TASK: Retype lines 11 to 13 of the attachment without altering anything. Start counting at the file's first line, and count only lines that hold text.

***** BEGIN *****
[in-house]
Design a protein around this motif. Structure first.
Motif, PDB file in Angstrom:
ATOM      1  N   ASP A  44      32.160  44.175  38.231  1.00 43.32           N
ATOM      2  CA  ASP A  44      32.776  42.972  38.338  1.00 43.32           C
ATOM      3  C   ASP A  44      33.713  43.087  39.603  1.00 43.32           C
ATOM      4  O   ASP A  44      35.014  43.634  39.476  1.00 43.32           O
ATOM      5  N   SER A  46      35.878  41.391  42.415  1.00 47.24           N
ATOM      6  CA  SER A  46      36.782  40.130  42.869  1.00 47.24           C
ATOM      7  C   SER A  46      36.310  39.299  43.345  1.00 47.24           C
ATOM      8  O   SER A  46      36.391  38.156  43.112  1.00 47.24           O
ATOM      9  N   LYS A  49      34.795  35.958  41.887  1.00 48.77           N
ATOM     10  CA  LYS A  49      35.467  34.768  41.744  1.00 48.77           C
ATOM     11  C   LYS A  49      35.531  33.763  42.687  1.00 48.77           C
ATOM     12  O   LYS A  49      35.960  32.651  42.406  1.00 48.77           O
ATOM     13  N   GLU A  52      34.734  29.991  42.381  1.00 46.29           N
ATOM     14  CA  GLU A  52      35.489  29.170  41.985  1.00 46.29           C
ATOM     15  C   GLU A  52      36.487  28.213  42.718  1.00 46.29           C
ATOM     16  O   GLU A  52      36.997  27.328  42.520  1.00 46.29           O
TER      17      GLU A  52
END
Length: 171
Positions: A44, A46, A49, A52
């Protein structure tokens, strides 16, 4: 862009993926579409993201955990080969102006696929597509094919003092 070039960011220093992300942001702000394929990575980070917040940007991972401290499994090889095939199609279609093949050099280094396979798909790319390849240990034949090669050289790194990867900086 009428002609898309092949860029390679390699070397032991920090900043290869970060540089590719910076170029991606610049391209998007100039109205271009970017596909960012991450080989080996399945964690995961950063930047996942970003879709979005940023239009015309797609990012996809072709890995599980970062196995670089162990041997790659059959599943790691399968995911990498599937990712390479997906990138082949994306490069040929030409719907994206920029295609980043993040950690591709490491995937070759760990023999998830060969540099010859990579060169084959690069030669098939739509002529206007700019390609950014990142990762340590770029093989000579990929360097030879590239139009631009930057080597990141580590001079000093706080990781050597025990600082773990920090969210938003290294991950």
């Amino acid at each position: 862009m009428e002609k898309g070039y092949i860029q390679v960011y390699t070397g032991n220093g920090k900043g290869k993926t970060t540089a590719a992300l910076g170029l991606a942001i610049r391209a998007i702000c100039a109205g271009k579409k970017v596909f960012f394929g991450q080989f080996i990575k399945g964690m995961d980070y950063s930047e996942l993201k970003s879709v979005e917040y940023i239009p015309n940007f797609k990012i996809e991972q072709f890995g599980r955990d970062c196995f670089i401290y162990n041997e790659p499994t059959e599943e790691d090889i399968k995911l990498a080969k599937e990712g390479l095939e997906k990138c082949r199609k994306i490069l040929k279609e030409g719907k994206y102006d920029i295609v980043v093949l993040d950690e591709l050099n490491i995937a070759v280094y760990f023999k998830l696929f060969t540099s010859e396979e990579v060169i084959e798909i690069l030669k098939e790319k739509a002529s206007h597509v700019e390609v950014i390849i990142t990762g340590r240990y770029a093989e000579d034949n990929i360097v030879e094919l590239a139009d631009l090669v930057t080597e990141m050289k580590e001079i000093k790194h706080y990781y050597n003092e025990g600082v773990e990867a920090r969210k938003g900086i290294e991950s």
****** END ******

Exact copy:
ATOM      8  O   SER A  46      36.391  38.156  43.112  1.00 47.24           O
ATOM      9  N   LYS A  49      34.795  35.958  41.887  1.00 48.77           N
ATOM     10  CA  LYS A  49      35.467  34.768  41.744  1.00 48.77           C